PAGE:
(Ch. 949) 

H. B. 1516, an act to include an area within the corporate limits of the Town of Micro. 
(Ch. 943) 

H. B. 1536, an act to raise the force account construction hmit for the City of Lumber- 
ton. (Ch. 950) 

H. J. R. 1486, a joint resolution expressing the General Assembly's disapproval and 
rejection of the unitary method of taxation whereby the worldwide earnings of a multi- 
national business enterprise are subjected to State income tax. (Res. 67) 

H. J. R. 1495, a joint resolution authorizing the 1984 Regular Session of the 1983 
General Assembly to consider a joint resolution requesting the continuation and expan- 
sion of the statewide screening service for the detection of certain metabolic disorders. 
(Res. 68) 



June 22, 1984 



72 SENATE JOURNAL [Second Session 

H. J. R. 1499, a joint resolution authorizing the 1984 Regular Session of the General 
Assembly to consider a bill to be entitled an act regarding the letting of contracts for 
airport construction and repair. (Res. 69) 

CALENDARED 

S. B. 503 (Committee Substitute), a bill to amend the time of execution of persons 
sentenced to death, reported from the Judiciary I Committee on July 5, 1983, and on 
July 13, 1983 by motion ordered to be placed on the Calendar on a date to be determined by 
the Chair, is placed on today's Calendar for consideration. 

REPORTS OF COMMITTEES 

Bills and resolutions are reported from standing and select committees, read by their 
titles, together with the reports accompanying them, and take their place on the Calendar 
as follows: 

By Senator Hardison for the Appropriations Committee: 

S. B. 750, a bill to phase out over a five-year period the tax on intangible personal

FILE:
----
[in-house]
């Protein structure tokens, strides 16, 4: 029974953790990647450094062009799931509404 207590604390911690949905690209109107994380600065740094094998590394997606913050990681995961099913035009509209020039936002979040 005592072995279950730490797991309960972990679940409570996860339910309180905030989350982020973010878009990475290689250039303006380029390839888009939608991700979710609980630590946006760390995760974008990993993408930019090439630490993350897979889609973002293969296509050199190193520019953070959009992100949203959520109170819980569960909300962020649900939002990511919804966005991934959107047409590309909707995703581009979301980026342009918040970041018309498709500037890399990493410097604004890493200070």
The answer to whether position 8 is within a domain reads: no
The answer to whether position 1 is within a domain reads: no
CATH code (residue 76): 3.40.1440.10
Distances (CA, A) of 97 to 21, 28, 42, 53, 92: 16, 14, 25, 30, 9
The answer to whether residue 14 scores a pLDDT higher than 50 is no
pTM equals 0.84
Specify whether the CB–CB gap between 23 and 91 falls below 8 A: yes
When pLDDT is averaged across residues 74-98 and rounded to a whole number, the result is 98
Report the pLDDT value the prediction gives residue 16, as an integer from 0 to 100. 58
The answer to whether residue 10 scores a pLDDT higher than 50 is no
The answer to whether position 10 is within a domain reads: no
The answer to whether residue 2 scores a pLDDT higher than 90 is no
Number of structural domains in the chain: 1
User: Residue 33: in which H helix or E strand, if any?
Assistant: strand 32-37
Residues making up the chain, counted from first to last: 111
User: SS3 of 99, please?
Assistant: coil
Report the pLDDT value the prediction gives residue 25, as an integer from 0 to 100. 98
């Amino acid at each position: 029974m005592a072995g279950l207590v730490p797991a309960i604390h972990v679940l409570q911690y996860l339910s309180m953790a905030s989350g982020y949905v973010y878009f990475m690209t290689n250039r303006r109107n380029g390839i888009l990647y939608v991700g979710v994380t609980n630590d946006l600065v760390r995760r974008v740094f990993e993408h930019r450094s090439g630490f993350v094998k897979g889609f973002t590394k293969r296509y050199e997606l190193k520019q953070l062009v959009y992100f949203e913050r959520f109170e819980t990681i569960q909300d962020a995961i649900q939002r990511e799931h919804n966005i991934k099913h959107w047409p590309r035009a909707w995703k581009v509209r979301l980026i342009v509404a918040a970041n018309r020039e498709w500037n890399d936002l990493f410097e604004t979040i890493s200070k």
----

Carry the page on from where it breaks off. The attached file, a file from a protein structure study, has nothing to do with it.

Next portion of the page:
property that is now classified and taxed at specific rates, and to provide funds to partially 
compensate local governments for the revenue loss, with a favorable report. 

On motion of Senator Lawing, the rules are suspended and the bill is placed on today's 
Calendar for consideration. 

By Senator Barnes of Wayne for the Judiciary III Committee: 

S. B. 817, a bill allowing the Department of Transportation to include a municipal street 
as part of the right-of-way when improving a State highway, with a favorable report, as 
amended. 

On motion of Senator Barnes of Wayne, the rules are suspended and the bill is placed on 
today's Calendar for consideration. 

H. B. 474 (Committee Substitute), a bill to allow attorney's fees award in certain civil 
cases, with a favorable report, as amended. 

By Senator Swain for the Special Ways and Means Committee: 

S. B. 790, a bill to clarify the procedures to insure payment of child support, with a 
favorable report. 

S. B. 807, a bill to permit interstate mergers and acquisitions of savings and loan 
associations and savings and loan holding companies on a reciprocal basis within a